Knowledge of the regulatory factors associated with down-regulation of adiponectin gene expression and up-regulation of PAI-1 gene expression is crucial to understand the pathophysiological basis of obesity and metabolic diseases, and could establish new treatment strategies for these conditions. We showed that expression of 5-HT(2A) receptors was up-regulated in hypertrophic 3T3-L1 adipocytes, which exhibited decreased expression of adiponectin and increased expression of PAI-1. 5-HT(2A) receptor antagonists and suppression of 5-HT(2A) receptor gene expression enhanced adiponectin expression. Activation of Gq negatively regulated adiponectin expression, and inhibition of mitogen-activated protein kinase reversed the Gq-induced effect. Moreover, the 5-HT(2A) receptor blockade reduced PAI-1 expression. These findings indicate that antagonism of 5-HT(2A) receptors in adipocytes could improve the obesity-linked decreases in adiponectin expression and increases in PAI-1 expression.

  5. Plasminogen activator inhibitor-1 4G/5G polymorphism and retinopathy risk in type 2 diabetes: a meta-analysis

    PubMed Central

    2013-01-01

    Background Mounting evidence has suggested that plasminogen activator inhibitor-1 (PAI-1) is a candidate for increased risk of diabetic retinopathy. Studies have reported that insertion/deletion polymorphism in the PAI-1 gene may influence the risk of this disease. To comprehensively address this issue, we performed a meta-analysis to evaluate the association of PAI-1 4G/5G polymorphism with diabetic retinopathy in type 2 diabetes. Methods Data were retrieved in a systematic manner and analyzed using Review Manager and STATA Statistical Software. Crude odds ratios (ORs) with 95% confidence intervals (CIs) were used to assess the strength of associations. Results Nine studies with 1, 217 cases and 1, 459 controls were included. Allelic and genotypic comparisons between cases and controls were evaluated. Overall analysis suggests a marginal association of the 4G/5G polymorphism with diabetic retinopathy (for 4G versus 5G: OR 1.13, 95%CI 1.01 to 1.26; for 4G/4G versus 5G/5G: OR 1.30, 95%CI 1.04 to 1.64; for 4G/4G versus 5G/5G + 4G/5G: OR 1.26, 95%CI 1.05 to 1.52). In subgroup analysis by ethnicity, we found an association among the Caucasian population (for 4G versus 5G: OR 1.14, 95% CI 1.00 to 1.30; for 4G/4G versus 5G/5G: OR 1.33, 95%CI 1.02 to 1.74; for 4G/4G versus 5G/5G + 4G/5G: OR 1.41, 95%CI 1.13 to 1.77). When stratified by the average duration of diabetes, patients with diabetes histories longer than 10 years have an elevated susceptibility to diabetic retinopathy than those with shorter histories (for 4G/4G versus 5G/5G: OR 1.47, 95%CI 1.08 to 2.00). We also detected a higher risk in hospital-based studies (for 4G/4G versus 5G/5G+4G/5G: OR 1.27, 95%CI 1.02 to 1.57). Conclusions The present meta-analysis suggested that 4G/5G polymorphism in the PAI-1 gene potentially increased the risk of diabetic retinopathy in type 2 diabetes and showed a discrepancy in different ethnicities. A higher susceptibility in patients with longer duration of diabetes (more than 10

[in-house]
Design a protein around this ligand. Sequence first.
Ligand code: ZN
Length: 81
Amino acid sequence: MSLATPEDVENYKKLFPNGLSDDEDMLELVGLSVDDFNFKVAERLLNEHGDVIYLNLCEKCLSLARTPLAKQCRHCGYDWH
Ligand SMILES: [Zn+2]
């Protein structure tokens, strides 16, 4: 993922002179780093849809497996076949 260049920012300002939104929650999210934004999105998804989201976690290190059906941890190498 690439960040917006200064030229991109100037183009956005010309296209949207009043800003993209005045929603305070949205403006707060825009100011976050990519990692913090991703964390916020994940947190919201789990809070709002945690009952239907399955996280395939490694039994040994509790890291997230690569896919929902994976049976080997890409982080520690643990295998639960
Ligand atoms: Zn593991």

6. Unique secretory dynamics of tissue plasminogen activator and its modulation by plasminogen activator inhibitor-1 in vascular endothelial cells.

    PubMed

    Suzuki, Yuko; Mogami, Hideo; Ihara, Hayato; Urano, Tetsumei

    2009-01-01

    We analyzed the secretory dynamics of tissue plasminogen activator (tPA) in EA.hy926 cells, an established vascular endothelial cell (VEC) line producing GFP-tagged tPA, using total internal reflection-fluorescence (TIR-F) microscopy. tPA-GFP was detected in small granules in EA.hy926 cells, the distribution of which was indistinguishable from intrinsically expressed tPA. Its secretory dynamics were unique, with prolonged (> 5 minutes) retention of the tPA-GFP on the cell surface, appearing as fluorescent spots in two-thirds of the exocytosis events. The rapid disappearance (mostly by 250 ms) of a domain-deletion mutant of tPA-GFP possessing only the signal peptide and catalytic domain indicates that the amino-terminal heavy chain of tPA-GFP is essential for binding to the membrane surface. The addition of PAI-1 dose-dependently facilitated the dissociation of membrane-retained tPA and increased the amounts of tPA-PAI-1 high-molecular-weight complexes in the medium. Accordingly, suppression of PAI-1 synthesis in EA.hy926 cells by siRNA prolonged the dissociation of tPA-GFP, whereas a catalytically inactive mutant of tPA-GFP not forming complexes with PAI-1 remained on the membrane even after PAI-1 treatment. Our results provide new insights into the relationship between exocytosed, membrane-retained tPA and PAI-1, which would modulate cell surface-associated fibrinolytic potential.